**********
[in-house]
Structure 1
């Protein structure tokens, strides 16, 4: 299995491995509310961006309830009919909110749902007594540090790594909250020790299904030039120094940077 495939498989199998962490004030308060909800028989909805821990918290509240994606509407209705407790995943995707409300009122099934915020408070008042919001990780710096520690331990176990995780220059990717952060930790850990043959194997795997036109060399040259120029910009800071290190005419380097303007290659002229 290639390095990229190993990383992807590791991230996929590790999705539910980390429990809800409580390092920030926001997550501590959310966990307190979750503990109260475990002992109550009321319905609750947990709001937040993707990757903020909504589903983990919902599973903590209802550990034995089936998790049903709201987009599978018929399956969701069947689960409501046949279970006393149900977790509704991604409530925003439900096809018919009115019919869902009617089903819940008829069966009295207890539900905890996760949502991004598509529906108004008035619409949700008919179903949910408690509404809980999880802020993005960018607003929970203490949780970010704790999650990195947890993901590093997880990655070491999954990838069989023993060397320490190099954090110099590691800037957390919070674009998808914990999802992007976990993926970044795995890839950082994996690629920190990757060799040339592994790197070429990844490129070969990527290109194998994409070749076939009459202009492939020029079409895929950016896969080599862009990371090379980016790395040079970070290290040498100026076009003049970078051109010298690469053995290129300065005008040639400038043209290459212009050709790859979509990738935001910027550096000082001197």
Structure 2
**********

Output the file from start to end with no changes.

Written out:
[in-house]
Structure 1
């Protein structure tokens, strides 16, 4: 299995491995509310961006309830009919909110749902007594540090790594909250020790299904030039120094940077 495939498989199998962490004030308060909800028989909805821990918290509240994606509407209705407790995943995707409300009122099934915020408070008042919001990780710096520690331990176990995780220059990717952060930790850990043959194997795997036109060399040259120029910009800071290190005419380097303007290659002229 290639390095990229190993990383992807590791991230996929590790999705539910980390429990809800409580390092920030926001997550501590959310966990307190979750503990109260475990002992109550009321319905609750947990709001937040993707990757903020909504589903983990919902599973903590209802550990034995089936998790049903709201987009599978018929399956969701069947689960409501046949279970006393149900977790509704991604409530925003439900096809018919009115019919869902009617089903819940008829069966009295207890539900905890996760949502991004598509529906108004008035619409949700008919179903949910408690509404809980999880802020993005960018607003929970203490949780970010704790999650990195947890993901590093997880990655070491999954990838069989023993060397320490190099954090110099590691800037957390919070674009998808914990999802992007976990993926970044795995890839950082994996690629920190990757060799040339592994790197070429990844490129070969990527290109194998994409070749076939009459202009492939020029079409895929950016896969080599862009990371090379980016790395040079970070290290040498100026076009003049970078051109010298690469053995290129300065005008040639400038043209290459212009050709790859979509990738935001910027550096000082001197």
Structure 2